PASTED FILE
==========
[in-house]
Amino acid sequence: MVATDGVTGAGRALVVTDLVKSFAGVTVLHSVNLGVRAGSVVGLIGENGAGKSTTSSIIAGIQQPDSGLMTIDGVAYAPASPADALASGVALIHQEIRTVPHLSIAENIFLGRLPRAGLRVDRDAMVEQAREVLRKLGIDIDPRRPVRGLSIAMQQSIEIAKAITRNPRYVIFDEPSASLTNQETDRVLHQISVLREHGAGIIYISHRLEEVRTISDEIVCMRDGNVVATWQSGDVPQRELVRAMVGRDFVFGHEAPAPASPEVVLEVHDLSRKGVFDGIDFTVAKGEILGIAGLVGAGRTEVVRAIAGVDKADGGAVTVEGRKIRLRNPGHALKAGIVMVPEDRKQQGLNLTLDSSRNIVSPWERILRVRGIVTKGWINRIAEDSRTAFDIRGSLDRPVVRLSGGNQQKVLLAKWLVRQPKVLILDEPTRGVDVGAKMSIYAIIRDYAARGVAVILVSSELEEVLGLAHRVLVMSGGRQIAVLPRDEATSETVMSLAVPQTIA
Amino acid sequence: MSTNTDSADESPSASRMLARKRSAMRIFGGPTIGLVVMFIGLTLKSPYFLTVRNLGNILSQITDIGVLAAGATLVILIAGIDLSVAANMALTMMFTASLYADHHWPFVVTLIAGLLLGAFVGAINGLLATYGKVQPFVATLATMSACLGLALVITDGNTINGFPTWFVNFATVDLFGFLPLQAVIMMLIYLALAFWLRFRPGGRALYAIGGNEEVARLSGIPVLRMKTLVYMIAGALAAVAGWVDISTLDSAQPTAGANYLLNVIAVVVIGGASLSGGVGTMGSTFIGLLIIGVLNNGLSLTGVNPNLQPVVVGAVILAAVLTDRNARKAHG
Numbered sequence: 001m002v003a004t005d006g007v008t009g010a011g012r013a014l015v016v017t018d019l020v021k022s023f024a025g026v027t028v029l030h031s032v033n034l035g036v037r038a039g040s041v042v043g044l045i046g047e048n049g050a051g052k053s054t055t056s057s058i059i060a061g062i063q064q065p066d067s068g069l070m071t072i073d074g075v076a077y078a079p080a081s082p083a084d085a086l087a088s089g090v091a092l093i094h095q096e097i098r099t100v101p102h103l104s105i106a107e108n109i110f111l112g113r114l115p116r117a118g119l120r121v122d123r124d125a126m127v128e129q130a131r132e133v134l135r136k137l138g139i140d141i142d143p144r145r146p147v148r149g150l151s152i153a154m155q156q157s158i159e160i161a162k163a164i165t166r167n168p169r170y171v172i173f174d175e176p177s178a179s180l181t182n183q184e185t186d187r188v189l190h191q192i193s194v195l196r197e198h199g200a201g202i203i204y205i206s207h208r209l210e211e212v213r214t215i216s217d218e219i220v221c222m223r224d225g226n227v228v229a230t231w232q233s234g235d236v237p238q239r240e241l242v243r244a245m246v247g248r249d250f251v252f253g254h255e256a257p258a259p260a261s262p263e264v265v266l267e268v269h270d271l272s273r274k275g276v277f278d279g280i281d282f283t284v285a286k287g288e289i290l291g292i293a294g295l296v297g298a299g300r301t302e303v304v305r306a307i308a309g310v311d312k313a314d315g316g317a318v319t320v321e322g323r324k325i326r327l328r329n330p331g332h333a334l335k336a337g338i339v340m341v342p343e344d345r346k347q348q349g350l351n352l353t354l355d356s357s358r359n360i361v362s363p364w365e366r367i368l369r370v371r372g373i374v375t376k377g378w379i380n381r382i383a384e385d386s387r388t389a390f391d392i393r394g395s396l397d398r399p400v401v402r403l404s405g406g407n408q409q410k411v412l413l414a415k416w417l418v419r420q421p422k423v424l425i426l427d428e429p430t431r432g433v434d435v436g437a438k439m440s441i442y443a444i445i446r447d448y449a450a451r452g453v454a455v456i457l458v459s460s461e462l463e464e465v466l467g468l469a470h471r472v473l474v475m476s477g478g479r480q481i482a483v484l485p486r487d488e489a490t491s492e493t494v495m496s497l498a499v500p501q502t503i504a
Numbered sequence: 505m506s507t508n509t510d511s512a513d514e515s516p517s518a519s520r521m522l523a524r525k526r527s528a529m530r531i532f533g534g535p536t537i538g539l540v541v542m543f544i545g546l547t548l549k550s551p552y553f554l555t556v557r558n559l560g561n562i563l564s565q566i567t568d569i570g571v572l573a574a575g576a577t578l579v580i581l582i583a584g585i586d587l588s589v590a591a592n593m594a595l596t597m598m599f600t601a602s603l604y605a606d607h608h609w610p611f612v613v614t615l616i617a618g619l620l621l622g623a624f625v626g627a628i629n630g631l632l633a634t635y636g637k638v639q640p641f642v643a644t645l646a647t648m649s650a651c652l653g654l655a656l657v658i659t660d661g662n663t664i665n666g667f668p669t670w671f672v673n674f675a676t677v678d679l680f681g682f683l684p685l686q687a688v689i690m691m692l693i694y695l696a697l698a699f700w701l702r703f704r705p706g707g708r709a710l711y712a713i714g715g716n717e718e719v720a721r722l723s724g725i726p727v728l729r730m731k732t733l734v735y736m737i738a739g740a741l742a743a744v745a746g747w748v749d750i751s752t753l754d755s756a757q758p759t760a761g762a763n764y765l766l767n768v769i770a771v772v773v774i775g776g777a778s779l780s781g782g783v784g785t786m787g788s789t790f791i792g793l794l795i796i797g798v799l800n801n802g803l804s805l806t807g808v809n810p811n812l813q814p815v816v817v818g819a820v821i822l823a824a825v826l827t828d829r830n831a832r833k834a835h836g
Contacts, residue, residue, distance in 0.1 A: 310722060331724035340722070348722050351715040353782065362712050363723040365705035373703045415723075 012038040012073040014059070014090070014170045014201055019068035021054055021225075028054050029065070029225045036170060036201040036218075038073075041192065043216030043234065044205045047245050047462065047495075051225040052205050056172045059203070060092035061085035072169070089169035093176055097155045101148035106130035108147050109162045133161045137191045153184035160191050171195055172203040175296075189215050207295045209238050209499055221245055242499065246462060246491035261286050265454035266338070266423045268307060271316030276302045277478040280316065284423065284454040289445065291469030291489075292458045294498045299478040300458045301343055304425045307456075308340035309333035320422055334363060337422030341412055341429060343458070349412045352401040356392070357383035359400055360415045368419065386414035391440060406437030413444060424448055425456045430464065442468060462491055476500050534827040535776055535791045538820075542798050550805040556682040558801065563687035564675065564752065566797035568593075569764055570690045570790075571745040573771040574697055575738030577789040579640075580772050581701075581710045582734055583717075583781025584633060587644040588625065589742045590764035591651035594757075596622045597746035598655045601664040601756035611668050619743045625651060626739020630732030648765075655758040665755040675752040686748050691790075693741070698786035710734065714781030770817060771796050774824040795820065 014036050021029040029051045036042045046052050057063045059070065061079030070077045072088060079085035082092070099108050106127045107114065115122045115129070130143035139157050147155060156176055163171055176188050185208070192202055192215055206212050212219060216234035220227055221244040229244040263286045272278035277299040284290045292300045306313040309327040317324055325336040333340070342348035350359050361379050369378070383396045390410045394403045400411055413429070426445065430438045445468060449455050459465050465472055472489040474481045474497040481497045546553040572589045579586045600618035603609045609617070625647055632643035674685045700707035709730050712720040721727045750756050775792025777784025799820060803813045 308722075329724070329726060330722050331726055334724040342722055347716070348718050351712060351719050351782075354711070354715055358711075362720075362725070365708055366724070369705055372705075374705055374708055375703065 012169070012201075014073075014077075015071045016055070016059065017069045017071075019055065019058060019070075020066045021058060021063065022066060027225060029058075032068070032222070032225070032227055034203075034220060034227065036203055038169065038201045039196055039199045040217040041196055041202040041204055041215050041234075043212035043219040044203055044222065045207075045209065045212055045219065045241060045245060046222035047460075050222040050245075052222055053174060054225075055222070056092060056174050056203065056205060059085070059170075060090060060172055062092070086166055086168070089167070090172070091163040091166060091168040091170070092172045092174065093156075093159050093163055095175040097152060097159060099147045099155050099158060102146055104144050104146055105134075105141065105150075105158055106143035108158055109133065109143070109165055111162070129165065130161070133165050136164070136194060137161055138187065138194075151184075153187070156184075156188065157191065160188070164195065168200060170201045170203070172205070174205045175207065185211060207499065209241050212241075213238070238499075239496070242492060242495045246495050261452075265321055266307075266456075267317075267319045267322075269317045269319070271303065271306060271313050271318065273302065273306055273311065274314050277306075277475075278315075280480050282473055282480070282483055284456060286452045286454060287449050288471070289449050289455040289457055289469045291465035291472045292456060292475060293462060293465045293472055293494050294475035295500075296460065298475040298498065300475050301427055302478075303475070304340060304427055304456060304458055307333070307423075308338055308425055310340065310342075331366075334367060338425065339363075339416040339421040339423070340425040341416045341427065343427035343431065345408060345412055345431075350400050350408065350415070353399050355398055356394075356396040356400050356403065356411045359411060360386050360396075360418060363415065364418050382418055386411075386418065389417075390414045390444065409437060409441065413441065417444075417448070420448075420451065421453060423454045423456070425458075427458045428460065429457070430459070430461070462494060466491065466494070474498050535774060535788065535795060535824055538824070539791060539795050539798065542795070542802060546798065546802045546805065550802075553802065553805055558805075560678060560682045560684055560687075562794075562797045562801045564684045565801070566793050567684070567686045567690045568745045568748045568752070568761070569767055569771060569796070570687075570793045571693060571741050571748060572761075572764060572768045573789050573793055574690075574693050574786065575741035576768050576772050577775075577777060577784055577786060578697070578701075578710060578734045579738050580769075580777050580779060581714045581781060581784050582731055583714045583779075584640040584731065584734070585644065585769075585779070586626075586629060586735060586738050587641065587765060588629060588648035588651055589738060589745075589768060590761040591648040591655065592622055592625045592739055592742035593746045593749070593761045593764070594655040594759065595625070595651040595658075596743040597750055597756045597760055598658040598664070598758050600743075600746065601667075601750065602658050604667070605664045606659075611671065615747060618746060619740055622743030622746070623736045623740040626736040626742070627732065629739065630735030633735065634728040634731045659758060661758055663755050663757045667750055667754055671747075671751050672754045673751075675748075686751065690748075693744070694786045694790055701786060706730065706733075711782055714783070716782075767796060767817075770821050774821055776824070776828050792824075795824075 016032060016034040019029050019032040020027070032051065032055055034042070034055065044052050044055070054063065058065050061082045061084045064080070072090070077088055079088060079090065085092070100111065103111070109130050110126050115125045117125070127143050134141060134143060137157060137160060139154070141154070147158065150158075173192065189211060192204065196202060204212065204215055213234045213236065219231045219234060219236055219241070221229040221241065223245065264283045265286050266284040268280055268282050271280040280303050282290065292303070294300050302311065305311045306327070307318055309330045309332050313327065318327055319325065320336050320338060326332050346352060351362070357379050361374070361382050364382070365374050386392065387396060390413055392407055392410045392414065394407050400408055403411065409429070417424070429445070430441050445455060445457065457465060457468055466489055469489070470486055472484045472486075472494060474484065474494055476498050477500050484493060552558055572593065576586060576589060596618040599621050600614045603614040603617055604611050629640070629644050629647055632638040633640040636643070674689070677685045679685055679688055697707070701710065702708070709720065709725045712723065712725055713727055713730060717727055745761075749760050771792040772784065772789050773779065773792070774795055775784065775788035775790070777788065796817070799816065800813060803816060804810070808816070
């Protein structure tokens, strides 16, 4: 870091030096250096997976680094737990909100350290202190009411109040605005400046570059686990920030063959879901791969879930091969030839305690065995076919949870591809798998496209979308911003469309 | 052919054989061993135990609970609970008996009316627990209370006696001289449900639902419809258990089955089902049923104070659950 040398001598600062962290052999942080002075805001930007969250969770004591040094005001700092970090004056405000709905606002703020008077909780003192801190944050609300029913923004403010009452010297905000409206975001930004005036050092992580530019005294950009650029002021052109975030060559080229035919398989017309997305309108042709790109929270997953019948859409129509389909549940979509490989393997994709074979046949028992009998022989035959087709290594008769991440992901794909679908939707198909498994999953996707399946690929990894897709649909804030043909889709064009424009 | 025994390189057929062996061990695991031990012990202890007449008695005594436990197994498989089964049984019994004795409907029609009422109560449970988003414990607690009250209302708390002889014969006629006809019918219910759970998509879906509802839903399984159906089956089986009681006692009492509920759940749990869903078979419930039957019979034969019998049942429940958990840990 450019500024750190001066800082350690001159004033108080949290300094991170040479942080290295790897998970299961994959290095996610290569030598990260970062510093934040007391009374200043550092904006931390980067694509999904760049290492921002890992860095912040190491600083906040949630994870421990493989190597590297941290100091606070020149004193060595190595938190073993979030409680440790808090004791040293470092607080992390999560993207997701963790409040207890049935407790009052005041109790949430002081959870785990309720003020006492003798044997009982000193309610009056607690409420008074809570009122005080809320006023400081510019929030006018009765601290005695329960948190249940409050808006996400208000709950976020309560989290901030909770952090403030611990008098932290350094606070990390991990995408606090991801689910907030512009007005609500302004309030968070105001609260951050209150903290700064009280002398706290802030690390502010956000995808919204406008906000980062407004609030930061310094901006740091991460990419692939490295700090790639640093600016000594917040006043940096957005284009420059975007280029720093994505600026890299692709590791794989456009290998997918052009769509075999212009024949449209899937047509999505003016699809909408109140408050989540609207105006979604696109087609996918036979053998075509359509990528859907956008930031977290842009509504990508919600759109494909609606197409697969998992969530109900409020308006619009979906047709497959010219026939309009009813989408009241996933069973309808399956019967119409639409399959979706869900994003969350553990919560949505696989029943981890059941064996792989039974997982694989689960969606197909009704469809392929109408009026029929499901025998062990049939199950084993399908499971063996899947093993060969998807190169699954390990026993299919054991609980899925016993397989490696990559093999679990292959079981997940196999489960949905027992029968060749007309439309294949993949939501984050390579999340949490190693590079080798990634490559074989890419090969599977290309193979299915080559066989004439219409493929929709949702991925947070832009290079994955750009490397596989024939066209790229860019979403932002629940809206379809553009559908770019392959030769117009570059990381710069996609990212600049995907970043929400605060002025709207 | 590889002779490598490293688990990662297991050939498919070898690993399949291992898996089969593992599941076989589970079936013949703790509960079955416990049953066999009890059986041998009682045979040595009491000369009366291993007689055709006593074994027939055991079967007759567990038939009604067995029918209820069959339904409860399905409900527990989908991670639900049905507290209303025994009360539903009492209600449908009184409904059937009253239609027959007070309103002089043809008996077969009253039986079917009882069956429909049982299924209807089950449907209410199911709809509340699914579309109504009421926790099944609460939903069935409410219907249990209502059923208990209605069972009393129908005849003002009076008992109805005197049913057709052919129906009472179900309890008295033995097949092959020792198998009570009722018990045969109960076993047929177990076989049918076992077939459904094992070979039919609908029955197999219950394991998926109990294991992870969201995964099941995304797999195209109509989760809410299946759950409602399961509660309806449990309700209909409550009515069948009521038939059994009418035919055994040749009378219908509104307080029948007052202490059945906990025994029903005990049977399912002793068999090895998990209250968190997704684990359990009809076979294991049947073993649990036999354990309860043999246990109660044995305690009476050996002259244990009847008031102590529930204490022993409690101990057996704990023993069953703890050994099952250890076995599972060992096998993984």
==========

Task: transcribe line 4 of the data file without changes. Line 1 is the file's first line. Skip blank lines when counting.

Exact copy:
Numbered sequence: 001m002v003a004t005d006g007v008t009g010a011g012r013a014l015v016v017t018d019l020v021k022s023f024a025g026v027t028v029l030h031s032v033n034l035g036v037r038a039g040s041v042v043g044l045i046g047e048n049g050a051g052k053s054t055t056s057s058i059i060a061g062i063q064q065p066d067s068g069l070m071t072i073d074g075v076a077y078a079p080a081s082p083a084d085a086l087a088s089g090v091a092l093i094h095q096e097i098r099t100v101p102h103l104s105i106a107e108n109i110f111l112g113r114l115p116r117a118g119l120r121v122d123r124d125a126m127v128e129q130a131r132e133v134l135r136k137l138g139i140d141i142d143p144r145r146p147v148r149g150l151s152i153a154m155q156q157s158i159e160i161a162k163a164i165t166r167n168p169r170y171v172i173f174d175e176p177s178a179s180l181t182n183q184e185t186d187r188v189l190h191q192i193s194v195l196r197e198h199g200a201g202i203i204y205i206s207h208r209l210e211e212v213r214t215i216s217d218e219i220v221c222m223r224d225g226n227v228v229a230t231w232q233s234g235d236v237p238q239r240e241l242v243r244a245m246v247g248r249d250f251v252f253g254h255e256a257p258a259p260a261s262p263e264v265v266l267e268v269h270d271l272s273r274k275g276v277f278d279g280i281d282f283t284v285a286k287g288e289i290l291g292i293a294g295l296v297g298a299g300r301t302e303v304v305r306a307i308a309g310v311d312k313a314d315g316g317a318v319t320v321e322g323r324k325i326r327l328r329n330p331g332h333a334l335k336a337g338i339v340m341v342p343e344d345r346k347q348q349g350l351n352l353t354l355d356s357s358r359n360i361v362s363p364w365e366r367i368l369r370v371r372g373i374v375t376k377g378w379i380n381r382i383a384e385d386s387r388t389a390f391d392i393r394g395s396l397d398r399p400v401v402r403l404s405g406g407n408q409q410k411v412l413l414a415k416w417l418v419r420q421p422k423v424l425i426l427d428e429p430t431r432g433v434d435v436g437a438k439m440s441i442y443a444i445i446r447d448y449a450a451r452g453v454a455v456i457l458v459s460s461e462l463e464e465v466l467g468l469a470h471r472v473l474v475m476s477g478g479r480q481i482a483v484l485p486r487d488e489a490t491s492e493t494v495m496s497l498a499v500p501q502t503i504a